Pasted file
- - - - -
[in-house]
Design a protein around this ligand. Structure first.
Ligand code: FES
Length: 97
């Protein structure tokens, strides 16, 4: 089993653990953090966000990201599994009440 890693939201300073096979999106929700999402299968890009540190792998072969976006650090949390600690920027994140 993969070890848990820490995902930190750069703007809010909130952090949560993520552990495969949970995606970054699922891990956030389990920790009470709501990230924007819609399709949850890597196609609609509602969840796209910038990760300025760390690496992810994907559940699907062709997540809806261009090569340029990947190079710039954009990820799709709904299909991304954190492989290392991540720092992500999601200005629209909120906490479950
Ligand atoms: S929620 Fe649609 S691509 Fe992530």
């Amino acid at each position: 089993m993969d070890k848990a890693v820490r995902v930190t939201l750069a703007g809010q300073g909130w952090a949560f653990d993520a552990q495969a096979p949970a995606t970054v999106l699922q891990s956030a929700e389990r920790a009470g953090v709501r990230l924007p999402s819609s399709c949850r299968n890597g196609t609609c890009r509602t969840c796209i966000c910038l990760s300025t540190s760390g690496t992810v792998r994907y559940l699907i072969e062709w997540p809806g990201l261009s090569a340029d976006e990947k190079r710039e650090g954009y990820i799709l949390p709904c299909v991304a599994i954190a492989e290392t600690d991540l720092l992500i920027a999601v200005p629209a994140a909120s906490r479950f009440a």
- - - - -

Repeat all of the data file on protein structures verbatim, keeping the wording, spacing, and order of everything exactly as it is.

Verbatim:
[in-house]
Design a protein around this ligand. Structure first.
Ligand code: FES
Length: 97
């Protein structure tokens, strides 16, 4: 089993653990953090966000990201599994009440 890693939201300073096979999106929700999402299968890009540190792998072969976006650090949390600690920027994140 993969070890848990820490995902930190750069703007809010909130952090949560993520552990495969949970995606970054699922891990956030389990920790009470709501990230924007819609399709949850890597196609609609509602969840796209910038990760300025760390690496992810994907559940699907062709997540809806261009090569340029990947190079710039954009990820799709709904299909991304954190492989290392991540720092992500999601200005629209909120906490479950
Ligand atoms: S929620 Fe649609 S691509 Fe992530």
């Amino acid at each position: 089993m993969d070890k848990a890693v820490r995902v930190t939201l750069a703007g809010q300073g909130w952090a949560f653990d993520a552990q495969a096979p949970a995606t970054v999106l699922q891990s956030a929700e389990r920790a009470g953090v709501r990230l924007p999402s819609s399709c949850r299968n890597g196609t609609c890009r509602t969840c796209i966000c910038l990760s300025t540190s760390g690496t992810v792998r994907y559940l699907i072969e062709w997540p809806g990201l261009s090569a340029d976006e990947k190079r710039e650090g954009y990820i799709l949390p709904c299909v991304a599994i954190a492989e290392t600690d991540l720092l992500i920027a999601v200005p629209a994140a909120s906490r479950f009440a």